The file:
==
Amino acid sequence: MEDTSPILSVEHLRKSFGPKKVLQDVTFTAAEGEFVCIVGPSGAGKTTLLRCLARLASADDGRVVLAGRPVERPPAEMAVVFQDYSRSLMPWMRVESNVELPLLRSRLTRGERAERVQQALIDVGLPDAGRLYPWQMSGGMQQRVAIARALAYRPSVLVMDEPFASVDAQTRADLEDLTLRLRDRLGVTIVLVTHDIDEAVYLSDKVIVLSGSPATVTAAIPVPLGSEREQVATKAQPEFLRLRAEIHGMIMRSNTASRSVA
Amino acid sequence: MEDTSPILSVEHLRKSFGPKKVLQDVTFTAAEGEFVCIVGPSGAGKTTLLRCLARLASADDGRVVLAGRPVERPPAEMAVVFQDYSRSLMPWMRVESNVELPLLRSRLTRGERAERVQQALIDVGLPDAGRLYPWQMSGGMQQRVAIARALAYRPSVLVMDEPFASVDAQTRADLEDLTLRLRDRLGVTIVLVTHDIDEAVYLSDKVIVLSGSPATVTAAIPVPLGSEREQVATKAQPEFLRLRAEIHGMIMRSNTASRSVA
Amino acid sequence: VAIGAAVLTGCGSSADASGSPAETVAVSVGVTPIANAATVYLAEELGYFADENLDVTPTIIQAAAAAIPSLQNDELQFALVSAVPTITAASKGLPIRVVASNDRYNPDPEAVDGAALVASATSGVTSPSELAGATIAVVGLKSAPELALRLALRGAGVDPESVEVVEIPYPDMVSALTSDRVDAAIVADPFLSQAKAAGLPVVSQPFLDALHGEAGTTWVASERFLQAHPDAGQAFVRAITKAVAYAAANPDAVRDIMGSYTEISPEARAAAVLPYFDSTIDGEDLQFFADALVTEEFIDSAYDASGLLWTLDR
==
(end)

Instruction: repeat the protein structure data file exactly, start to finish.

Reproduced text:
Amino acid sequence: MEDTSPILSVEHLRKSFGPKKVLQDVTFTAAEGEFVCIVGPSGAGKTTLLRCLARLASADDGRVVLAGRPVERPPAEMAVVFQDYSRSLMPWMRVESNVELPLLRSRLTRGERAERVQQALIDVGLPDAGRLYPWQMSGGMQQRVAIARALAYRPSVLVMDEPFASVDAQTRADLEDLTLRLRDRLGVTIVLVTHDIDEAVYLSDKVIVLSGSPATVTAAIPVPLGSEREQVATKAQPEFLRLRAEIHGMIMRSNTASRSVA
Amino acid sequence: MEDTSPILSVEHLRKSFGPKKVLQDVTFTAAEGEFVCIVGPSGAGKTTLLRCLARLASADDGRVVLAGRPVERPPAEMAVVFQDYSRSLMPWMRVESNVELPLLRSRLTRGERAERVQQALIDVGLPDAGRLYPWQMSGGMQQRVAIARALAYRPSVLVMDEPFASVDAQTRADLEDLTLRLRDRLGVTIVLVTHDIDEAVYLSDKVIVLSGSPATVTAAIPVPLGSEREQVATKAQPEFLRLRAEIHGMIMRSNTASRSVA
Amino acid sequence: VAIGAAVLTGCGSSADASGSPAETVAVSVGVTPIANAATVYLAEELGYFADENLDVTPTIIQAAAAAIPSLQNDELQFALVSAVPTITAASKGLPIRVVASNDRYNPDPEAVDGAALVASATSGVTSPSELAGATIAVVGLKSAPELALRLALRGAGVDPESVEVVEIPYPDMVSALTSDRVDAAIVADPFLSQAKAAGLPVVSQPFLDALHGEAGTTWVASERFLQAHPDAGQAFVRAITKAVAYAAANPDAVRDIMGSYTEISPEARAAAVLPYFDSTIDGEDLQFFADALVTEEFIDSAYDASGLLWTLDR